Wednesday, March 12, 2008

Never Been Kissed

1999, US, directed by Raja Gosnell

Rating: **


I've always found Drew Barrymore to be charming performer, capable of giving a lift to sub-par fare (there are plenty of examples in her cinematic CV), but given her executive producer credit she has only herself to blame for the extremely weak script here, rendering her energy pretty ineffective. The story is padded out to inexcusable length: there's really no reason for this kind of thing to come in over the 90-minute mark unless the wit quotient is much higher.

Barrymore plays a woman whose first journalistic assignment is to go undercover in a high school - to expose the seamy side of modern education, and not incidentally give her own high school memories a makeover. A decent Hollywood movie takes the time to invent a vaguely credible world that at least makes sense on its own terms, whereas Never Been Kissed doesn't care to patch the absurd plot holes, even drawing attention to them (there's a scene that makes much of the security scanners at the school entrance, and yet this long-in-the-tooth high schooler has no apparent trouble enrolling in the first place). I know that realism is not the primary object here, but the filmmakers seem to have little sense of the kind of craftsmanship that would lend their film a little more cohesiveness. The usual high school cliches are trotted out with little conviction, and the film fudges its central romantic problem - Drew can either date a kid or a teacher who thinks she's a kid - by essentially ignoring it aside from one line delivered with little conviction. Even the supporting cast - usually the saviours of this kind of film - are rather lacklustre, except for Leelee Sobieski, who deserved better.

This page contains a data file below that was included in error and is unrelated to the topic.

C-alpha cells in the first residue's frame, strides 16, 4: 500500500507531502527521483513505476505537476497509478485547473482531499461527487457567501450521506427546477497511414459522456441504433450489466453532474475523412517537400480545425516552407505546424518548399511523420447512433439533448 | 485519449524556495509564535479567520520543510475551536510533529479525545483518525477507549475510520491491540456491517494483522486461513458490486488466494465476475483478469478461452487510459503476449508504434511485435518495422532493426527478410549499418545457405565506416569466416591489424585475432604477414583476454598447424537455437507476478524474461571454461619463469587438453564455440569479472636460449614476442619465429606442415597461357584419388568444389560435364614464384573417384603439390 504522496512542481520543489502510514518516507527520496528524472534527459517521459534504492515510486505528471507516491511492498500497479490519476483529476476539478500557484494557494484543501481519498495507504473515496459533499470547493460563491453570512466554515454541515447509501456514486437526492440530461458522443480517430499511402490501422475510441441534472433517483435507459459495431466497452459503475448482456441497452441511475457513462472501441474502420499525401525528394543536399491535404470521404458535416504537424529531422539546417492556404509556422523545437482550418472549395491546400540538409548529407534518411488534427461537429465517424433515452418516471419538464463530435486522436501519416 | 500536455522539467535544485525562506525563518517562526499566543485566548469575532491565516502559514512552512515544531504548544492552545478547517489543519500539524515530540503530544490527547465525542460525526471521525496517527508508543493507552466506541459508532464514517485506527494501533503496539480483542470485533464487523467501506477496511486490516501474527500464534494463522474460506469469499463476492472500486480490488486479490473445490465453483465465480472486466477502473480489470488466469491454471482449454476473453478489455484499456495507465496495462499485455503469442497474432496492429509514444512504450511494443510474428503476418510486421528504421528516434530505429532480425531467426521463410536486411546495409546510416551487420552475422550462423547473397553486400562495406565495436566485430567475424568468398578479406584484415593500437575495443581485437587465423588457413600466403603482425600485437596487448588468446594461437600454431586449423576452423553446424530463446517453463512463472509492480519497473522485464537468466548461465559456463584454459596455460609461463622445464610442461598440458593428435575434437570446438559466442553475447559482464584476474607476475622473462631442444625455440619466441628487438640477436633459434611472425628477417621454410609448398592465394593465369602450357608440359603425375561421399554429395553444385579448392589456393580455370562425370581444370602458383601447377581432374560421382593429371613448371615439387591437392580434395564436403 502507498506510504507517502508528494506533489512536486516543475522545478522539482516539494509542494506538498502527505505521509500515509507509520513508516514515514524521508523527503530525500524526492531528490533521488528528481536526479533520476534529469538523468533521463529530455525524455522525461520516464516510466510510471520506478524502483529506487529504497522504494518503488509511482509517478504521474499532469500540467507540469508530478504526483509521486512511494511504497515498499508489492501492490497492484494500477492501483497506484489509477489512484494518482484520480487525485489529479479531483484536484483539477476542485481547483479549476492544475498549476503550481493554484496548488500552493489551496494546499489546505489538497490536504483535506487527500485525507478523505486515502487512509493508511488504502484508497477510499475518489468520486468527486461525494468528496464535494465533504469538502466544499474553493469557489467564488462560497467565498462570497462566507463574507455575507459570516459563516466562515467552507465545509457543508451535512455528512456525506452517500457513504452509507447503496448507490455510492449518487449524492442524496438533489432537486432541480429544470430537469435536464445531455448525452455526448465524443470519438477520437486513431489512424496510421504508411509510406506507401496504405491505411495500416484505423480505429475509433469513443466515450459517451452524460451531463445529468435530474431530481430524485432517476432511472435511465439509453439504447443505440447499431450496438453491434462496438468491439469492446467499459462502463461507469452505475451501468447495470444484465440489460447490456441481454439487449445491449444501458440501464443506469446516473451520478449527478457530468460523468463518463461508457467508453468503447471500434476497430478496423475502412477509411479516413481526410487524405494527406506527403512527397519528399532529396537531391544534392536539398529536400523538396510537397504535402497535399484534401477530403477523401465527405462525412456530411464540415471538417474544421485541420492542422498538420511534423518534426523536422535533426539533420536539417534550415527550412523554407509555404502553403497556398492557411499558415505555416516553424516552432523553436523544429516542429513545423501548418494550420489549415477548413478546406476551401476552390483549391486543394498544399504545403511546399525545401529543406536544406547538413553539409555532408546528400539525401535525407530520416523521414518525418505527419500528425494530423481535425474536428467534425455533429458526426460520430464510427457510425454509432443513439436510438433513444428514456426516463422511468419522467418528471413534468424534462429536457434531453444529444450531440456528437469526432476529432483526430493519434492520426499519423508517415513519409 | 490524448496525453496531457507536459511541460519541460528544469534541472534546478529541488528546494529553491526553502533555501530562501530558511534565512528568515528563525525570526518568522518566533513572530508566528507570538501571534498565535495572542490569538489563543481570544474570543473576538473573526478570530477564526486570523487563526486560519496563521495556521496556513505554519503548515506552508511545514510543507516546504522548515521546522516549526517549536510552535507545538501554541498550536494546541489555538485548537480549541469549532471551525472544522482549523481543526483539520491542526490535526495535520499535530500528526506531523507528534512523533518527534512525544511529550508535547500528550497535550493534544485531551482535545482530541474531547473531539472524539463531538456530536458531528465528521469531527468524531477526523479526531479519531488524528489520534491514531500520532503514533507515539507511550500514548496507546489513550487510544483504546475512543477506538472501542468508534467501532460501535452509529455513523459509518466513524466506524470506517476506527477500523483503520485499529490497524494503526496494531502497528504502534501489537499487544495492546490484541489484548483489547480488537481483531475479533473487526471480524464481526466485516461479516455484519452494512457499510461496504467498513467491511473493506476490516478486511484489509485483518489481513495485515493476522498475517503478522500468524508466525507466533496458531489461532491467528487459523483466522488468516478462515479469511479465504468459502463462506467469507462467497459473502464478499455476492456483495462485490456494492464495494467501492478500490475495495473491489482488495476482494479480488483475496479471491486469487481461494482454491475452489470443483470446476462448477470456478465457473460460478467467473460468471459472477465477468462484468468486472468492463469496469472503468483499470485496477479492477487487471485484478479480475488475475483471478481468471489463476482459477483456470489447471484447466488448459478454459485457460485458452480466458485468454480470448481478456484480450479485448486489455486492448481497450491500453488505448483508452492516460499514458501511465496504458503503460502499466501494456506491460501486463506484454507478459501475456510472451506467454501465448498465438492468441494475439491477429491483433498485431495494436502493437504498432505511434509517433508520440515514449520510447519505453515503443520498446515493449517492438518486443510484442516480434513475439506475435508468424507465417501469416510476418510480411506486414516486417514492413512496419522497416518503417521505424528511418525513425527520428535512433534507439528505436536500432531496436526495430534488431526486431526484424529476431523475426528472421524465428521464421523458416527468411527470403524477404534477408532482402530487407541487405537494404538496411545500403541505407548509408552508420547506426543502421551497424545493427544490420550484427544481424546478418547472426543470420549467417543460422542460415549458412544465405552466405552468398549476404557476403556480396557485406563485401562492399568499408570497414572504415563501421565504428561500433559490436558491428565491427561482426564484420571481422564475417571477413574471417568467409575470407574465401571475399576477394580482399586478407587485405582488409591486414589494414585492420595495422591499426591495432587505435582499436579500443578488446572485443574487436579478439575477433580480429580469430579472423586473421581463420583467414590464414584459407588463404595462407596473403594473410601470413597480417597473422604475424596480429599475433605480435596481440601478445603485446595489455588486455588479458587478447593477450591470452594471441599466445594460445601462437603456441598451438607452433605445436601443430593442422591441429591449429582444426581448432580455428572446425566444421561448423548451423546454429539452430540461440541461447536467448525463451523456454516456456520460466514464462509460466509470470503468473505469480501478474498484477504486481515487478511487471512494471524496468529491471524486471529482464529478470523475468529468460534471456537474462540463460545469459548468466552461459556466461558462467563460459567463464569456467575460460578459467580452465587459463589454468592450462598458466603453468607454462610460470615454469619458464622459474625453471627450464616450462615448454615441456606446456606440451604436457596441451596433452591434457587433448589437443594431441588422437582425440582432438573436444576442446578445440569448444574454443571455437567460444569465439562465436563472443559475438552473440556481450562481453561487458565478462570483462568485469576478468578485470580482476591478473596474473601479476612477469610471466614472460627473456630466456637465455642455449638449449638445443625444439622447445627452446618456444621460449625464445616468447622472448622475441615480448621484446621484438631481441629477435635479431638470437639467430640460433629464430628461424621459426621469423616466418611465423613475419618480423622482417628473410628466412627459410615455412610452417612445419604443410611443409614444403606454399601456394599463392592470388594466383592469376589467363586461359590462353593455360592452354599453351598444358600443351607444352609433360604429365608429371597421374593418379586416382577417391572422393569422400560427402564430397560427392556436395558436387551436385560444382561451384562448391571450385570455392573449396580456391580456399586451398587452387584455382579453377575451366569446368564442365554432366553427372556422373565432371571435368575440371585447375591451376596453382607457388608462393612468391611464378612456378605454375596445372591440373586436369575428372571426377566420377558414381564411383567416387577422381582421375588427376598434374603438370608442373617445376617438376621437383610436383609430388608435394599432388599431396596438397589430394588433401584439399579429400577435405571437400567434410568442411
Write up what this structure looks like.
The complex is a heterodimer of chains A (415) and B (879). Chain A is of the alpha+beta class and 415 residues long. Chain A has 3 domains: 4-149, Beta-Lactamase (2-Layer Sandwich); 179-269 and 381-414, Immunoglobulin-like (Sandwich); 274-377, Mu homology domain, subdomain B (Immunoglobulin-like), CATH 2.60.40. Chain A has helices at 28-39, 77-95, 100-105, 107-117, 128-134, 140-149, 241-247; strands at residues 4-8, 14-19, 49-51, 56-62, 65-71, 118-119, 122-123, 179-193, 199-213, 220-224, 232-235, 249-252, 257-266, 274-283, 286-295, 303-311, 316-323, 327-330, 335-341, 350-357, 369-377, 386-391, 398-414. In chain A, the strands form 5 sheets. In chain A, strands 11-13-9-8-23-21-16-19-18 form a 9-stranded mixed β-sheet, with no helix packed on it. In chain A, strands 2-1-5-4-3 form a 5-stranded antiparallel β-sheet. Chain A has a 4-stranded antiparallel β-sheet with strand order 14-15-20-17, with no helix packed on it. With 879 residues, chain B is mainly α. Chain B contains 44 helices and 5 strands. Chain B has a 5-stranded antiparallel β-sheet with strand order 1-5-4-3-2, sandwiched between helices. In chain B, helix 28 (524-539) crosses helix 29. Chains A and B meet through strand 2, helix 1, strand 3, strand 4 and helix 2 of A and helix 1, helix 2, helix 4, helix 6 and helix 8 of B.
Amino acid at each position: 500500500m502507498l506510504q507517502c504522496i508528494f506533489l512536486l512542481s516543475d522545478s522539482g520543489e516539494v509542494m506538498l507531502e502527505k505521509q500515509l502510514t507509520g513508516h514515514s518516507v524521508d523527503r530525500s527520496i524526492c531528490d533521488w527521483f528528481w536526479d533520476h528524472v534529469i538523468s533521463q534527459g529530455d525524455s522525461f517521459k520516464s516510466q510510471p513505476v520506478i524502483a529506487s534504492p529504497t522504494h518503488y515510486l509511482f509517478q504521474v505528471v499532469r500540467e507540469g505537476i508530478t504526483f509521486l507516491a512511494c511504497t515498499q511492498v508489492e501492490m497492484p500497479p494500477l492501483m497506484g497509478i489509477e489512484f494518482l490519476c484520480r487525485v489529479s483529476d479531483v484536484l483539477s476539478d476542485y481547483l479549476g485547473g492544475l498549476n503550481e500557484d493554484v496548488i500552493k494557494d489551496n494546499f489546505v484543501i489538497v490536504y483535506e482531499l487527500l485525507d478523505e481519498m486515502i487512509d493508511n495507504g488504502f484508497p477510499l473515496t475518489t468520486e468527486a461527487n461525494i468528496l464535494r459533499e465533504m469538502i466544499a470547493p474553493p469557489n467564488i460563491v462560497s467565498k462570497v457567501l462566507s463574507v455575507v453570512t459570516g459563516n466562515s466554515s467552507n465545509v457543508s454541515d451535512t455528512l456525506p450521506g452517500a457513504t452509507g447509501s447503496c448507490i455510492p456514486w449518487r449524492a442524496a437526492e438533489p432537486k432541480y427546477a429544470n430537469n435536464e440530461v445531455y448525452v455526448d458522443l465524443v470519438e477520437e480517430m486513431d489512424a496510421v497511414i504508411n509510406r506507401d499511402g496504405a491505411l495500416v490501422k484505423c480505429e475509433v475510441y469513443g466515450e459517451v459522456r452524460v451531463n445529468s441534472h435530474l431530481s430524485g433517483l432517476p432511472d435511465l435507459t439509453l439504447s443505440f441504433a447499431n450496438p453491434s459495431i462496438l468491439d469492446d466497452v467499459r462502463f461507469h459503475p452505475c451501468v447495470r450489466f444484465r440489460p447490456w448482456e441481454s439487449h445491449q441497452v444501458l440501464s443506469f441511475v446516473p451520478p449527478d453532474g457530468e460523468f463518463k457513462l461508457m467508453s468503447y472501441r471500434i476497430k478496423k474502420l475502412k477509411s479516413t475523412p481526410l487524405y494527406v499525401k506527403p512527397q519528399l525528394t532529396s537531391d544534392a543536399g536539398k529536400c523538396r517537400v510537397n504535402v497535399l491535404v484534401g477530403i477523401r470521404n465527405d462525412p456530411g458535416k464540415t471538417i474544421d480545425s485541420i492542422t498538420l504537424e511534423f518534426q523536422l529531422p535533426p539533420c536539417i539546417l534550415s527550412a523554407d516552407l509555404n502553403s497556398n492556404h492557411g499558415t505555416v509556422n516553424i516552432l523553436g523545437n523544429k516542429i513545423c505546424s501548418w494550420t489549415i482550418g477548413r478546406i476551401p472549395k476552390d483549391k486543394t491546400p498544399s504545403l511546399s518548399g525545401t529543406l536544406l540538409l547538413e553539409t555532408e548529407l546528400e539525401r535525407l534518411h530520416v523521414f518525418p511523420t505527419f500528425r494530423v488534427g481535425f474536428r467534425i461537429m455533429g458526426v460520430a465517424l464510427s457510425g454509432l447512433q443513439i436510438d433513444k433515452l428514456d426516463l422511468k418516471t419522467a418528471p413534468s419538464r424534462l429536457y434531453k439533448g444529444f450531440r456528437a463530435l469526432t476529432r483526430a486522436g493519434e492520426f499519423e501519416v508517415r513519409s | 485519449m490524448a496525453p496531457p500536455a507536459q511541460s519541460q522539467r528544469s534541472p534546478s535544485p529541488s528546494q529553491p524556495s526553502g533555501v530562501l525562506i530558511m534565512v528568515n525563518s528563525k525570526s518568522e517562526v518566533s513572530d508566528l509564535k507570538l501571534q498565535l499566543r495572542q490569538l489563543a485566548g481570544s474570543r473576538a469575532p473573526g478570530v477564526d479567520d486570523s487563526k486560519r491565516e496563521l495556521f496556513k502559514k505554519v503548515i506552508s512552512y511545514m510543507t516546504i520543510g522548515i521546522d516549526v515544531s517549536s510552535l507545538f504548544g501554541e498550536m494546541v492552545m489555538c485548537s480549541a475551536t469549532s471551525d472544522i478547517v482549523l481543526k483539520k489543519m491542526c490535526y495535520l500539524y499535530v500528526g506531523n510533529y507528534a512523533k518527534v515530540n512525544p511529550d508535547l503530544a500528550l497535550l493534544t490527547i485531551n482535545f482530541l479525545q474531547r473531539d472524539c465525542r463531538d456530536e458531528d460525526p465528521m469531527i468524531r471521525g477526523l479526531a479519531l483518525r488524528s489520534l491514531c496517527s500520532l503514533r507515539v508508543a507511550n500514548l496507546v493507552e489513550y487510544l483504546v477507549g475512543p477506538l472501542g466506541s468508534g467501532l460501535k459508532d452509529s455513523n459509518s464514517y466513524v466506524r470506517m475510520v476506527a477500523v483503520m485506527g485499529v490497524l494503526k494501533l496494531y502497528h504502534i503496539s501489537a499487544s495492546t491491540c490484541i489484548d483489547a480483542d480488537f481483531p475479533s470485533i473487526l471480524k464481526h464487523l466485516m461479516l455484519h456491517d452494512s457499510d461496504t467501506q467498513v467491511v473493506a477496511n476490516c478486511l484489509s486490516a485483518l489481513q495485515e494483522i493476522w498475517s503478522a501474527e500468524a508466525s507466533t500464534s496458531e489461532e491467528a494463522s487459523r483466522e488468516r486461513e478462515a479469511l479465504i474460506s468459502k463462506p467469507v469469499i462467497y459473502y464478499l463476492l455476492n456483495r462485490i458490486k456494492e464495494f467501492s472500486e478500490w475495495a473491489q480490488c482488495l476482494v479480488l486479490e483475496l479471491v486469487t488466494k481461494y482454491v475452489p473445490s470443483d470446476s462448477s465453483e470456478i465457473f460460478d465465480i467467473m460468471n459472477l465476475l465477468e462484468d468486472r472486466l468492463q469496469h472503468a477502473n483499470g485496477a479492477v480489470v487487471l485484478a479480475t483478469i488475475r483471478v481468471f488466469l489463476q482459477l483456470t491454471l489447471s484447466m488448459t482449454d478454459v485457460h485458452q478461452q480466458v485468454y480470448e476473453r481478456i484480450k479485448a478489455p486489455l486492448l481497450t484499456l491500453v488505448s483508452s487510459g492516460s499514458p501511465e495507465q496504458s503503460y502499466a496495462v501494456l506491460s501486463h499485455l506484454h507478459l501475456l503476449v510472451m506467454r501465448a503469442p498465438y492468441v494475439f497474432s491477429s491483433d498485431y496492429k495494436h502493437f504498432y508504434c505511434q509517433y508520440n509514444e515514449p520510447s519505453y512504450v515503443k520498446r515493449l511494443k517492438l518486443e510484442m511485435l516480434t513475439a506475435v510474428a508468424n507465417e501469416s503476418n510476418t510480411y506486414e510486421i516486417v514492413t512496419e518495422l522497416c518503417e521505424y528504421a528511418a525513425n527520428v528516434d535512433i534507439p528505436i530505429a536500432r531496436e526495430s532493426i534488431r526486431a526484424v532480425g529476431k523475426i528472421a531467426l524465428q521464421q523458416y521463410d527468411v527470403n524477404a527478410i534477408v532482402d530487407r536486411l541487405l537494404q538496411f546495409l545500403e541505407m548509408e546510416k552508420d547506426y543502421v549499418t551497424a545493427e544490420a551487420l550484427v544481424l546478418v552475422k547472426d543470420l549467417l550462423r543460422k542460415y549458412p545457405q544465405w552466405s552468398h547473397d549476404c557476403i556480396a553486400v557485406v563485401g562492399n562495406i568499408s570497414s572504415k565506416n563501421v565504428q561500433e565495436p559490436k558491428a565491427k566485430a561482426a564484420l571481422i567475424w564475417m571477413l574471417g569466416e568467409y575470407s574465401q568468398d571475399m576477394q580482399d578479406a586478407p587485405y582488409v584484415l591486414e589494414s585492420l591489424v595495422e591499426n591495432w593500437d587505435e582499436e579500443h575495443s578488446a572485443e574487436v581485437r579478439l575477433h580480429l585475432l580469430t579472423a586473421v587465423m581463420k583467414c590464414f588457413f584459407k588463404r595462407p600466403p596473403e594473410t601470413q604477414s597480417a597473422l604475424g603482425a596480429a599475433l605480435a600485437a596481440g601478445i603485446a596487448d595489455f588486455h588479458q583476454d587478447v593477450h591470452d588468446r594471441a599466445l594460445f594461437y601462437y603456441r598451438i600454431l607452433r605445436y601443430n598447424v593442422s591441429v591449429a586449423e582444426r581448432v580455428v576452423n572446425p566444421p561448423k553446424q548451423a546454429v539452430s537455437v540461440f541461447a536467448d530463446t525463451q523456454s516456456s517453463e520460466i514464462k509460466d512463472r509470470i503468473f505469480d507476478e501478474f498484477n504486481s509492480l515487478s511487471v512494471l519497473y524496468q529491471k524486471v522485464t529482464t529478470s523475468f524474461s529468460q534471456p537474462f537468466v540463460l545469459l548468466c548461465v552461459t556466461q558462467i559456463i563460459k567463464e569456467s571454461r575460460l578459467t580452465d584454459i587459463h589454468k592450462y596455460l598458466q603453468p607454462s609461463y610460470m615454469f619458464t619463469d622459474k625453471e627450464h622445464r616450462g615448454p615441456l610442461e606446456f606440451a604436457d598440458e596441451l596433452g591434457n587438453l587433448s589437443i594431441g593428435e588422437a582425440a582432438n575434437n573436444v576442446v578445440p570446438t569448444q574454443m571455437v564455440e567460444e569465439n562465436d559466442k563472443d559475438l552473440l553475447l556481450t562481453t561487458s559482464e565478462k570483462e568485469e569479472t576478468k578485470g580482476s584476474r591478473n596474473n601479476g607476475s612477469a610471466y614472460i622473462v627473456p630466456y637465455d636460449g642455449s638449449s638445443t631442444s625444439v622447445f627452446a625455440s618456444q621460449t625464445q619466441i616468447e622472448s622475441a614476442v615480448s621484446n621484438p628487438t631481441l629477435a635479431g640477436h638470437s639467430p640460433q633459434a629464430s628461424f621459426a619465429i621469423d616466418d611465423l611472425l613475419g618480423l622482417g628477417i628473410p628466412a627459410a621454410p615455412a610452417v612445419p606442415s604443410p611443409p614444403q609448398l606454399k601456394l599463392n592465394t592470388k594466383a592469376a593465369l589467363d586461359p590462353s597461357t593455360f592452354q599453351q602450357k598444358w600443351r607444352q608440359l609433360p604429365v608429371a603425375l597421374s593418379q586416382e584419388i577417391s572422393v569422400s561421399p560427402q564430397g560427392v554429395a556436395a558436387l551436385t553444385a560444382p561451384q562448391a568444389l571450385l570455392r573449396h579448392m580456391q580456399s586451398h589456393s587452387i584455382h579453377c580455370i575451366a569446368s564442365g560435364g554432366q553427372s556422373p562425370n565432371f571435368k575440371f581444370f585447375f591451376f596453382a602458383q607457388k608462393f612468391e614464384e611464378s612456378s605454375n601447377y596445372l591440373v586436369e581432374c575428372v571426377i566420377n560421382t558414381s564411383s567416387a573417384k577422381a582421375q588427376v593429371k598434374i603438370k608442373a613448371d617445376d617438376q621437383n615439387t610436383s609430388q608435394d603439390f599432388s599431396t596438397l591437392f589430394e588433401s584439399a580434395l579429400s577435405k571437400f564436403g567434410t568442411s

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Boston, Massachusetts, United States